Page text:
Hamidi, who was a refugee in Pakistan as a child before returning to Afghanistan, said the process is like starting from “ground zero.”
“You cannot explain it,” he said. “It’s like a whole new world.”
‘A good life’
James was at a post-redeployment health screening in 2006 when someone handed him a pamphlet.
It listed seven or eight symptoms for post-traumatic stress disorder.
“As I started reading through them, I went ‘Yep, yep, yep, yep, nope don’t have that one, yep, yep,” James said.
He was diagnosed with PTSD. He started talking to psychologists at VA hospitals about what he experienced in Afghanistan. The problem, however, is that many veterans don’t want to talk about their memories with people who can’t relate.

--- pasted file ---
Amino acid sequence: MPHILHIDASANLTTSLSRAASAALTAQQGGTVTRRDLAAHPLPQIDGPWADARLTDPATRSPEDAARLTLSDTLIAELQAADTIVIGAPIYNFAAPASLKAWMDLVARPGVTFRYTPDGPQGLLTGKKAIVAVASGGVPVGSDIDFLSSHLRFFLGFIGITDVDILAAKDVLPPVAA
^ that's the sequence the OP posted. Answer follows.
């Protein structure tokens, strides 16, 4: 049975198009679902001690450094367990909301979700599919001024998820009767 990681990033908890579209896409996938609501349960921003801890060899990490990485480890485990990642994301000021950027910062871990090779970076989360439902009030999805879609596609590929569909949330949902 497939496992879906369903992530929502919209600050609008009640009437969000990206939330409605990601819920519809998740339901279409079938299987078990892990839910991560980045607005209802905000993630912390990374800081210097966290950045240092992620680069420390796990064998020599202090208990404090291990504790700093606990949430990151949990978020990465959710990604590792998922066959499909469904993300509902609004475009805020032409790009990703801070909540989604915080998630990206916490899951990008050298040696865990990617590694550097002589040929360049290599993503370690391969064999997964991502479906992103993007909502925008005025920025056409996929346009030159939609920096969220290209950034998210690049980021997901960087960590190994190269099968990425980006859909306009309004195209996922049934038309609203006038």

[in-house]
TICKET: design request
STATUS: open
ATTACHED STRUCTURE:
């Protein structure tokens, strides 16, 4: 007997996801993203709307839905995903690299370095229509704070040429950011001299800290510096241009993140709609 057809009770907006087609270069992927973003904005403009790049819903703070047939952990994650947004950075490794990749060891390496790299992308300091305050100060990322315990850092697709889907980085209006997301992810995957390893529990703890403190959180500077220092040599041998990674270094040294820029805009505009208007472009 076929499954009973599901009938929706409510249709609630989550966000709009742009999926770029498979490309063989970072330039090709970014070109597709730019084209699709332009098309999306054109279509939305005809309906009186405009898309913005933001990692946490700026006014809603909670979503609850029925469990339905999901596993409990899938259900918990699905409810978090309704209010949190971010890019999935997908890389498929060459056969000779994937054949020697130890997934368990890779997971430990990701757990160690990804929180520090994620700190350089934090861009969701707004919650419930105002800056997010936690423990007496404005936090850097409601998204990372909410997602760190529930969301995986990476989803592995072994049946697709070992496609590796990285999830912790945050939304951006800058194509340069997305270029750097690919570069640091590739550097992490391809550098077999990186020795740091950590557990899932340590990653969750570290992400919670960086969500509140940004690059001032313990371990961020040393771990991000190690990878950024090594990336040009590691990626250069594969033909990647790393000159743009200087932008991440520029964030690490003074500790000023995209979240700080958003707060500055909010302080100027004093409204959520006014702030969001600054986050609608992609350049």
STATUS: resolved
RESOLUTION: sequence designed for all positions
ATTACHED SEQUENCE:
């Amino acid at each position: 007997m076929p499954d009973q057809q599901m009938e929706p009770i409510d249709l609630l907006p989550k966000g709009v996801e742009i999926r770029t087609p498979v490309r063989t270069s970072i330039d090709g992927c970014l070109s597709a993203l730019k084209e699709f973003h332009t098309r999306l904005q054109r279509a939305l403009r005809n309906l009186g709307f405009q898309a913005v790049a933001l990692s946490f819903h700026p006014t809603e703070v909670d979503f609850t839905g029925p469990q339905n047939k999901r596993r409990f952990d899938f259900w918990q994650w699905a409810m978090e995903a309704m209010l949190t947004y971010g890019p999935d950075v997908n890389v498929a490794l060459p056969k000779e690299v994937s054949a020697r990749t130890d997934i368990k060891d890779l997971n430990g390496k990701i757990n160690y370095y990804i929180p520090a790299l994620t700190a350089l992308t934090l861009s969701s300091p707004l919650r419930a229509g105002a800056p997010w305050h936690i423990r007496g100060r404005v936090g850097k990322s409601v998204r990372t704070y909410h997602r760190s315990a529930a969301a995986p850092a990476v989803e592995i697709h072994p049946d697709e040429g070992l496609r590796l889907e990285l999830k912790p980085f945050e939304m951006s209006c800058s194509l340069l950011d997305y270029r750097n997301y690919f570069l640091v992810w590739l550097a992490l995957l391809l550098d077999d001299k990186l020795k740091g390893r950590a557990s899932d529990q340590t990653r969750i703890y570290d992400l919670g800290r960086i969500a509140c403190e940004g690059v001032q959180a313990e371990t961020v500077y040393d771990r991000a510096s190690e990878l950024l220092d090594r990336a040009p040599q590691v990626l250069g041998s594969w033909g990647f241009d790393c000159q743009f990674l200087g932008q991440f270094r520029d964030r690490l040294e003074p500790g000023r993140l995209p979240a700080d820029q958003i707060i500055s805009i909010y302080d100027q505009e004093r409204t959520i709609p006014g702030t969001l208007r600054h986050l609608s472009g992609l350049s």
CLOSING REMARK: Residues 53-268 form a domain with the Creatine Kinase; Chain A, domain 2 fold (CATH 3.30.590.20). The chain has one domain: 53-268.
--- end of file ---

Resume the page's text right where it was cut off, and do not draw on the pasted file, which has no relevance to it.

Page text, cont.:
“You ask a veteran about what they did over there, and they’re going to leave out the bad stuff,” he said.
For example, James’ grandfather was a combat medic as Allied forces stormed Omaha Beach on D-Day, he said. His grandfather was also in the Battle of the Bulge and liberated concentration camps. He never talked about it with his grandson.
But when James got back after his first deployment, he shared his experiences from almost 60 years earlier, “because he understood that I knew,” he said.
James, an officer for the state Veterans of Foreign Wars organization, had one psychologist in California who had been deployed multiple times. He could talk to him, but since moving up to Washington, James has had no such luck. He said the VA doesn’t provide enough resources for mental health treatment.
Lennon said his network of Marines is pretty connected right now. Other veterans text him to see how he’s doing. He has done the same for many of them.
Hamidi, meanwhile, is building his new life in Lynnwood.
Once he gets his driver’s license, he figures he can start actively looking for more jobs. Maybe he’ll start in security or construction to make ends meet, he said.